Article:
No National Football League quarterback of impact ever played that position at the University of Iowa.
Thirty-eight former Hawkeyes were in NFL training camps last summer and almost all of them spent the 2010 season in the league. None were quarterbacks.
No quarterback who finished his college career at Iowa has been an NFL draftee since Matt Rodgers in 1992, and he went in the 12th round. Drew Tate was Iowa’s starting quarterback from 2004 through 2006, is a backup quarterback in the Canadian Football League.
Kurt Warner of Cedar Rapids threw more touchdown passes in his first year as an NFL starter as all ex-Iowa quarterbacks did in their entire NFL careers. Combined.
So while Ricky Stanzi won’t be the first Iowa player taken in the 2011 draft, and his name certainly won’t be called Thursday night when only the first round is selected, his is the most interesting Hawkeye story this week.
No matter when Stanzi is drafted, the question will be if he is taken by a team that will have a logical scenario for one day having him as its starting QB. The ideal situation would seem to be a club with a proven veteran at that position, giving Stanzi two or three years to hone his pro skills and be equipped to start when the chance comes down the road.
It’s been floated by a few guessers that Stanzi might get grabbed by the New England Patriots, say with the 92nd pick of the draft in Round 3. That would give Stanzi ample time to learn from Tom Brady, (who turns 34 in August) before Brady rides off to do whatever retired matinee-idols married to supermodels do.
We’ll see. Things seldom go as expected after the first five or six picks of the draft.
But let’s backtrack to the paucity of Hawkeye quarterbacks in the NFL. This hasn’t been just a Kirk Ferentz-era thing, though Stanzi will be the first Iowa quarterback to get drafted in Ferentz’s 12 years as head coach. Even 2002 Heisman Trophy runner-up Brad Banks didn’t get taken by anyone.
The player who was the quarterback in Iowa’s only two Rose Bowl wins was the first pick in the NFL draft. College Football Hall of Famer Randy Duncan, a Heisman runner-up himself, was picked at the start of the 1959 draft by the Green Bay Packers. But he didn’t sign with them. He spent two years in the CFL and one with the AFL’s Dallas Texans before leaving the sport to begin a career of over 45 years as an attorney in Des Moines.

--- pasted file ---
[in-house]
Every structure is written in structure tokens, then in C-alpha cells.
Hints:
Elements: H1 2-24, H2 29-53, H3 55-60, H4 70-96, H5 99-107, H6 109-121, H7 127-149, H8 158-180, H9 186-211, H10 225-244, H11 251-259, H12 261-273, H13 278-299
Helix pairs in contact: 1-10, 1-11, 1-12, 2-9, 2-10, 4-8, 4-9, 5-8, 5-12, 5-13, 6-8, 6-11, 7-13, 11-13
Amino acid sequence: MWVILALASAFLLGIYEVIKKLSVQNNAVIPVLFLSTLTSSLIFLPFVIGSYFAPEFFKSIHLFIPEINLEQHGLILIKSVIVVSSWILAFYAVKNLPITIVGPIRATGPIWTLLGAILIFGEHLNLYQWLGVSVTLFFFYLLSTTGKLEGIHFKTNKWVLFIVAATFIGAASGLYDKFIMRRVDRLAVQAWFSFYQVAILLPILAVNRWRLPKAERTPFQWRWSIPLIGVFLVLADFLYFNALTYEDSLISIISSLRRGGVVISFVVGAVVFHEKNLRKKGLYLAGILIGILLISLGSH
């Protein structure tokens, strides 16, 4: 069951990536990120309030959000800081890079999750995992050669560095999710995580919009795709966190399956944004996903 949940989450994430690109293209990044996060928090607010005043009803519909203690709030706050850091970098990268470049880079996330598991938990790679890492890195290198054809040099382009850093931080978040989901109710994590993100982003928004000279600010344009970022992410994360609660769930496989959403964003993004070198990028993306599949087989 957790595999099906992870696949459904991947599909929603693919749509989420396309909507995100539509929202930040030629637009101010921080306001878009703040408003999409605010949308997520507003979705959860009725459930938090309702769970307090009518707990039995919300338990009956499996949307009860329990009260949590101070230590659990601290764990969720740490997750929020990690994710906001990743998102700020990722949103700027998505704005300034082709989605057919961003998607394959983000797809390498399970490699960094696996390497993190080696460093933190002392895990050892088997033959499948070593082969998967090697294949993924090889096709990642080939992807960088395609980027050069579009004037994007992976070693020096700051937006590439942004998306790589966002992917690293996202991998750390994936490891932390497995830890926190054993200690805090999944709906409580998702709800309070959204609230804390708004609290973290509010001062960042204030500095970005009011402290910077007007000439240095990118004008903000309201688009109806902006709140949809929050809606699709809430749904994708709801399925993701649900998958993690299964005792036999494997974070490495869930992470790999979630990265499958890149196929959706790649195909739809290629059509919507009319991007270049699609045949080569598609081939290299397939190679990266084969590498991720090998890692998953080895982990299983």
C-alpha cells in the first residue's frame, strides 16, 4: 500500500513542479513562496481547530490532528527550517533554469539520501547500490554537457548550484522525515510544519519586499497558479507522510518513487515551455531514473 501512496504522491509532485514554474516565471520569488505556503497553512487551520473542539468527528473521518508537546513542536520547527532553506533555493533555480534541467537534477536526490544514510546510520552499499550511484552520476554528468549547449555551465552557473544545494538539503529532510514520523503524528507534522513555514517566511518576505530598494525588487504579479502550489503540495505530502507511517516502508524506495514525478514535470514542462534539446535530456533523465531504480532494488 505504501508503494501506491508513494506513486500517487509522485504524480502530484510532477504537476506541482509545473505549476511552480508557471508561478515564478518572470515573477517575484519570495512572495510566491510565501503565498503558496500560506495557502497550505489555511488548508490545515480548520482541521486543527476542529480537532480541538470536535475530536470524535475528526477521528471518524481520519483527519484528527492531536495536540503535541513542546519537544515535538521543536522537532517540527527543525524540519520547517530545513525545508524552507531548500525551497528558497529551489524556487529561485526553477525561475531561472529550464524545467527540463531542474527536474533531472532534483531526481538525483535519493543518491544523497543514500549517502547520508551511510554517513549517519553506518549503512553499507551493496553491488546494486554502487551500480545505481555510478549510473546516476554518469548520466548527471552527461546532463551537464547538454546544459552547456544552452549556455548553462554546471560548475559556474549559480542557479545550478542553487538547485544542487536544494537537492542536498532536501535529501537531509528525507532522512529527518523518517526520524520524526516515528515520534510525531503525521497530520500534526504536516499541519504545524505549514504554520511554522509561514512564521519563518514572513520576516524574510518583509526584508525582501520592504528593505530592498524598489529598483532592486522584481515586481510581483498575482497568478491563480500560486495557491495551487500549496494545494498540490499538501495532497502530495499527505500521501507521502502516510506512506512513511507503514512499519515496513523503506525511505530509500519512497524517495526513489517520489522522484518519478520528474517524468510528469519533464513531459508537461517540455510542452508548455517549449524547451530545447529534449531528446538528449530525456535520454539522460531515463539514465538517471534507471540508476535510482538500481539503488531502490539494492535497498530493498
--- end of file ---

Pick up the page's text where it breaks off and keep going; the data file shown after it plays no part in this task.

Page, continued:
“Being the No. 1 draft choice in the league wasn’t what it was now,” Duncan told the Milwaukee Journal Sentinel in 2009. “So basically it came down to money. I got more to play in Canada.”
Four of Hayden Fry’s Iowa quarterbacks were drafted. Two of them, first-round pick Chuck Long and Mark Vlasic, played in the league. They threw 19 and 4 TD passes in the NFL, respectively.
Jim Youel of Vinton threw for seven NFL scores (and intercepted two passes as a defensive back) from 1946 to 1948. Jerry Niles threw a TD pass in his one season with the New York Giants, in 1947.
That’s it, 31 NFL touchdown passes from all the quarterbacks who finished their college careers at Iowa. Warner had 31 TD tosses in his NFL postseason career, 208 in the regular-season. Bragging rights, Northern Iowa.
Former Hawkeye Rudy Bukich did have 61 NFL touchdown throws from 1953 to 1968. He came to Iowa from his St. Louis home as a wingback, then transferred to USC and switched to quarterback. He was the winning quarterback when USC won the 1953 Rose Bowl, then had his long pro career. He also played a gladiator in 1960 movie epic “Spartacus.”
For a half-century, Iowa high school graduates have said “But look at Rudy Bukich” when they told their parents they needed to move to the West Coast to live more fulfilling and prosperous lives.
The burden to change that is now upon Stanzi. Former University of Iowa students have become great scientists and physicians, winners of Academy Awards and Pulitzer Prizes, leaders and trailblazers.
Is it too much to ask for one prominent NFL quarterback?